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Rajjo movie review

The hackneyed tale of a Nagpada sex worker who dreams of making it big as a legit dancer is marred by insipid storytelling that hinges on outdated plotting methods.

  | March 07, 2014 09:47 IST


<i>Rajjo</i> movie review
  • Genre:
  • Cast:
    Kangana Ranaut, Paras Arora, Mahesh Manjrekar, Jaya Prada, Prakash Raj
  • Director:
    Vishwas Patil

She is addressed as Rajjo Rani. But she isn?t the queen of all she surveys.

The reason is out there for all to see: the nautch girl played by a hopelessly miscast Kangana Ranaut is a half-baked and comatose character that does not evoke any audience empathy.

Neither does the film as a whole. Bereft of intelligence and imagination, the purposeless screenplay makes heavy weather of stating the obvious.

The hackneyed tale of a Nagpada sex worker who dreams of making it big as a legit dancer is marred by insipid storytelling that hinges on outdated plotting methods.

The only dance numbers that the female protagonist performs in the course of the film are strictly of the routine Bollywood variety. No wonder her troubles never end.

Most of the first half action takes place in a brothel on what is supposed to be Grant Road, central Mumbai.

The place is littered with the most utterly risible figures, none more so than the androgynous Begum (Mahesh Manjrekar), who runs the whorehouse.

Among the visitors to this building is an ill-defined garage owner-cum-cricket coach (Kishor Kadam). He brings a group of college boys to the kotha to celebrate a team victory.

Cricket is quickly forgotten as one of the boys, Chandu Godbole (Paras Arora), 21-year-old son of a stern Virar professor (Vipin Sharma), falls for Rajjo?s charm.

Given free and regular access to the room of the brothel?s star attraction, Chandu, still wet behind the ears, decides to rescue her.

Before long, he marries the woman with the blessings of Begum. But in the world outside, the couple runs into all kinds of impediments, eventually ending up in rural Jeur.

Rajjo lands the job of a dance teacher in an NGO-run school for indigent children.

But the past continues to torment Rajjo. An old client, Govind Hande (Prakash Raj), hounds her, pressuring her to come out of matrimony and perform at his new dance bar.

Chandu struggles to make ends meet. Rajjo declares that she will move mountains to make him happy.

For the audience, however, the film offers no hope of salvation of any kind.

The rest of the dreary story lurches forward in a predictable arc and revolves around Rajjo and Chandu?s struggle to stave off the evil designs of the bad guys.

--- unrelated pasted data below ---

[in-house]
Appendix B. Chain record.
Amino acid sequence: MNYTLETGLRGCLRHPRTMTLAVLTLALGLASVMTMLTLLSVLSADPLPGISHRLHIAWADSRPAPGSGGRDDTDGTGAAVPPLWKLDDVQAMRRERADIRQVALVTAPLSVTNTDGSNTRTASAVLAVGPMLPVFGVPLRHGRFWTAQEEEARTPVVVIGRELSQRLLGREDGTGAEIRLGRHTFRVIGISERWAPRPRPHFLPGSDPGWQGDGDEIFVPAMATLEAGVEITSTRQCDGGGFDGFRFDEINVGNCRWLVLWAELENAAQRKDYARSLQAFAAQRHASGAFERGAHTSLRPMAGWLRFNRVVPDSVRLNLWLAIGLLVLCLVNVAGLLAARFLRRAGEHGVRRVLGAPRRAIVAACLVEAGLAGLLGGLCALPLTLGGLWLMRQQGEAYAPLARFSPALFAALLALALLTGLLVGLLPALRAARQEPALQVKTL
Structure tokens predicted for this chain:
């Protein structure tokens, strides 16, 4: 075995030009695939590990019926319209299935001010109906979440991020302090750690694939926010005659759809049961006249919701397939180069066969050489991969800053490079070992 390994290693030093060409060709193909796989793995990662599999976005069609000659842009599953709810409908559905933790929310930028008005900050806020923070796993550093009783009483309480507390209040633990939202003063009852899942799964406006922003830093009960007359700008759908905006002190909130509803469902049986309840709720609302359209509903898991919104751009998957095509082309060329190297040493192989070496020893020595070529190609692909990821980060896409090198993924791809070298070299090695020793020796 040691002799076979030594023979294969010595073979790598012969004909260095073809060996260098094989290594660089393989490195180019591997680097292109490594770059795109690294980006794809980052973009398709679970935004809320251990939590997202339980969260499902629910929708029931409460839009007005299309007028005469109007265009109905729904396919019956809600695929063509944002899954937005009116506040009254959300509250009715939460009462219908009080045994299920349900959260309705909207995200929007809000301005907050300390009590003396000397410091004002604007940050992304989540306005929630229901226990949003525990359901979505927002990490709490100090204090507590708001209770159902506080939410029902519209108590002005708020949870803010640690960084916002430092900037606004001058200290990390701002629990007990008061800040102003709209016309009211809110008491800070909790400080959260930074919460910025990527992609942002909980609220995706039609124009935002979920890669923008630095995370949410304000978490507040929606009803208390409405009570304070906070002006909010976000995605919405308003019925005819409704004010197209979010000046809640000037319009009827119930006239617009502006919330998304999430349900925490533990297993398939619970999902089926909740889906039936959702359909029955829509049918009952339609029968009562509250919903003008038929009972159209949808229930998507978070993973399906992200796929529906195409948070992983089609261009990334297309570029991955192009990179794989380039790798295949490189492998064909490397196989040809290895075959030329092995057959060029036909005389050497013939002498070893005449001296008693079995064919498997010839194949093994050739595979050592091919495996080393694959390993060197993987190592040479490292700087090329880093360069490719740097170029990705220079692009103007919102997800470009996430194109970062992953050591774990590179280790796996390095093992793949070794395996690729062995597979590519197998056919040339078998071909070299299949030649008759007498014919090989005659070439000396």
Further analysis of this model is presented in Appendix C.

Way back in 1976, Govind Saraiya made a film titled Sajjo Rani. It had the underrated Rehana Sultan in the role of a courtesan?s daughter who manages to escape her mother?s fate.

Director Vishwas Patil, 37 years later, revisits the same narrative terrain and fails to come up with anything new.

Rajjo is a village girl who is sold into the flesh trade by her own sister and brother-in-law only because they fall short of the sum they need to buy an apartment.

Having done the deed, they vanish from the scene, leaving the girl to her own devices.

Sajjo Rani was a box office bomb, but a mujra from the film in Shobha Gurtu?s evocative voice ? Nathania ne hai Ram bada dukh dina ? is still remembered.

Rajjo is unlikely to fare any better but, unlike Sajjo Rani, has nothing that is half as memorable.

When Rajjo decides to dance one last time to save her husband?s life, all she can sing is a lacklustre Kaleja hai haazir khanjar kahaan hai.

The old-fashioned plot is completely at variance with the present-day realities of the Mumbai underbelly that the film seeks to project.

Rajjo is seriously deficient in the acting department despite the fact that the cast includes many an acclaimed actor.

The likes of Kishor Kadam and Upendra Limaye (both fine actors of Marathi film and stage) are saddled with roles that go nowhere.

A typecast Prakash Raj merely goes through the motions. The mechanical performance suggests that he knows he is fighting a losing battle.

Debutant Paras Arora is passable as the young boy who falls for a sex worker. He struts around with a lost lap dog look which serves to convey his confused state of mind.

Kangana Ranaut is the film?s weakest link. The spotlight is constantly on her, as a result of which her limitations, especially visible in the tentative manner in which she delivers her dialogues, are thrown into sharp focus.
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